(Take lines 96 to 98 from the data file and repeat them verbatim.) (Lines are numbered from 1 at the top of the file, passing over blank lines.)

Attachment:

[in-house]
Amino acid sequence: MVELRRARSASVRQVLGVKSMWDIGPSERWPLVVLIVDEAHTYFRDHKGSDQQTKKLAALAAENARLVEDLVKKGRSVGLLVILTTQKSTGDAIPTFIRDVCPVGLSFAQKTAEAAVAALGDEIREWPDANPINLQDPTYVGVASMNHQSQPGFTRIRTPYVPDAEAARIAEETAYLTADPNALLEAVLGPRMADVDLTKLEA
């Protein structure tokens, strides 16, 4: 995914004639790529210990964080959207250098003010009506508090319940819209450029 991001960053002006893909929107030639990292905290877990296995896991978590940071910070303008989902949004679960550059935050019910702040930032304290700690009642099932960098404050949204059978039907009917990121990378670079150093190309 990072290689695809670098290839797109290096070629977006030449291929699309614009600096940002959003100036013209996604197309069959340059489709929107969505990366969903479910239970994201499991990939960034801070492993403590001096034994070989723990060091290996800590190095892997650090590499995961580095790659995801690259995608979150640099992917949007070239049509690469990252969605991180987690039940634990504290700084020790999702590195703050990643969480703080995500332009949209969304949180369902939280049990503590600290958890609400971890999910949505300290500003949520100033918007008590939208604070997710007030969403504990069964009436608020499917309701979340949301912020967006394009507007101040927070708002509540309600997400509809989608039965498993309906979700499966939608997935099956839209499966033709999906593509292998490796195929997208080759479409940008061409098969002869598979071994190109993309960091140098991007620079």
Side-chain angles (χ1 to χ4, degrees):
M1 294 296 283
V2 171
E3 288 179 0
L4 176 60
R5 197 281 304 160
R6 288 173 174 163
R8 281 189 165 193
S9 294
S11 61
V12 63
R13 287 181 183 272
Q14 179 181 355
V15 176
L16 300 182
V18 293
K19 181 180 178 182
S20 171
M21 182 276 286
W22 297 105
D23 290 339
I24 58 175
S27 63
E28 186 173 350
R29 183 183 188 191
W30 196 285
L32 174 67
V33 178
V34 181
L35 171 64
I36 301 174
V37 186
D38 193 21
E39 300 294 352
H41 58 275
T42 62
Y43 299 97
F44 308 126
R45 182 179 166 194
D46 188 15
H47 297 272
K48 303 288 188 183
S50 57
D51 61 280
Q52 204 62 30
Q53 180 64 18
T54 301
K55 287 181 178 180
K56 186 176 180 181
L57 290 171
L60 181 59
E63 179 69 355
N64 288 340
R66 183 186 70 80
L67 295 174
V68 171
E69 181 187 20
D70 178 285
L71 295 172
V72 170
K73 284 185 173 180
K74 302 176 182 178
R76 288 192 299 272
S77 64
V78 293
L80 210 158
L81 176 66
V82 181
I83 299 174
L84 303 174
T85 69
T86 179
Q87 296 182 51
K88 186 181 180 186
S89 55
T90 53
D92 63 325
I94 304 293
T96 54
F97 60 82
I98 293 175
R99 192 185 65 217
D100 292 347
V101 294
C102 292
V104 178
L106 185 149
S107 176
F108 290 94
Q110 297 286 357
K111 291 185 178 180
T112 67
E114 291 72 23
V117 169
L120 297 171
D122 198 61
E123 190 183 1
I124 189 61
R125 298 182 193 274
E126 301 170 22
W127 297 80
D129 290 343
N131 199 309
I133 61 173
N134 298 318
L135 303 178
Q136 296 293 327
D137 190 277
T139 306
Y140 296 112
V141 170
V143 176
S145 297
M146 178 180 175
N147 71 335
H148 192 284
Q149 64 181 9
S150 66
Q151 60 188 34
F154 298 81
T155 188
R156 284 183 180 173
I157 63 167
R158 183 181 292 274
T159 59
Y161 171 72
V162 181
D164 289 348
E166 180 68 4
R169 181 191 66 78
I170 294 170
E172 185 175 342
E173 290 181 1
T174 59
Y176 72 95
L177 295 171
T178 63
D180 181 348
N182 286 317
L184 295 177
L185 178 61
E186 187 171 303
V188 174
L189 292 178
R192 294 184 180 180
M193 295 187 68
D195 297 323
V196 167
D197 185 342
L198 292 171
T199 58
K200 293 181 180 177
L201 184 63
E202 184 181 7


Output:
E114 291 72 23
V117 169
L120 297 171